Kiss Me Guido: Tony Vitale’s Gay Comedy, Contesting Italian-American Stereotypes

Tony Vitale’s “Kiss Me Guido,” a farce in the mode of Desperately Seeking Susan, plays gay and Italian American stereotypes against one another.

The opening scene of the Sundance Film Fest entry sets up the great divide between the two sub-cultures.  They are represented by a sexy pizza parlor worker, Frankie (former model Nick Scotti), and a gay stage director, Warren (Anthony Barrile).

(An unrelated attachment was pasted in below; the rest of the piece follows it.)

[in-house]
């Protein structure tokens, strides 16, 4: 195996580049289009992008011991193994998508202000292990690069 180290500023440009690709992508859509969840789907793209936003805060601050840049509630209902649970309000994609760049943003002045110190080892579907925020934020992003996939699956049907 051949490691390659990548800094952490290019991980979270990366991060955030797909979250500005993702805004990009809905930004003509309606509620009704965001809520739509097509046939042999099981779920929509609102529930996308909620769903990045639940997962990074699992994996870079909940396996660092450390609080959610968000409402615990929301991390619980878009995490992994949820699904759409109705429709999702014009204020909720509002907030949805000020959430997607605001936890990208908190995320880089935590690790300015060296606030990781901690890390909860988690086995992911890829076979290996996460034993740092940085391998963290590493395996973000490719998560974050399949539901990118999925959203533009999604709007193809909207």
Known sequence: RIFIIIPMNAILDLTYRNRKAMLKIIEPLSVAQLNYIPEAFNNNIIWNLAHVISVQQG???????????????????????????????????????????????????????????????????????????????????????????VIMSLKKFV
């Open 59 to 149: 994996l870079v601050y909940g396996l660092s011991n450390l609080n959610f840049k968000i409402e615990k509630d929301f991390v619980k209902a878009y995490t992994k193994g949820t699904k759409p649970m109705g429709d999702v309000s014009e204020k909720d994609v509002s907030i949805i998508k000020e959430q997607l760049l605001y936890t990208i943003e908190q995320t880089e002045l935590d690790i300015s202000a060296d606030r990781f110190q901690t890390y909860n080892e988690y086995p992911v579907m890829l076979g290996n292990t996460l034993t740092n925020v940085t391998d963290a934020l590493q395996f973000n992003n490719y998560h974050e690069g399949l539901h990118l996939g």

The two men end up as roommates as a result of misunderstanding; Frankie naively believes that “GWM” in a Village Voice ad means “Guy With Money.”   The ideological point of this liberal film, which ultimately perpetuates rather than really contests stereotypes, is to preach for co-existenc, showing that gays and straights could be good friends and trust each others–despite variable sexual orientation and lifestyle.

Release by Paramount Classics on July 18, 1997, the low-budget film (about $750,000) found an audience and grossed $1,918,497 at the box-office, a respectable performance for a gay-themed indie.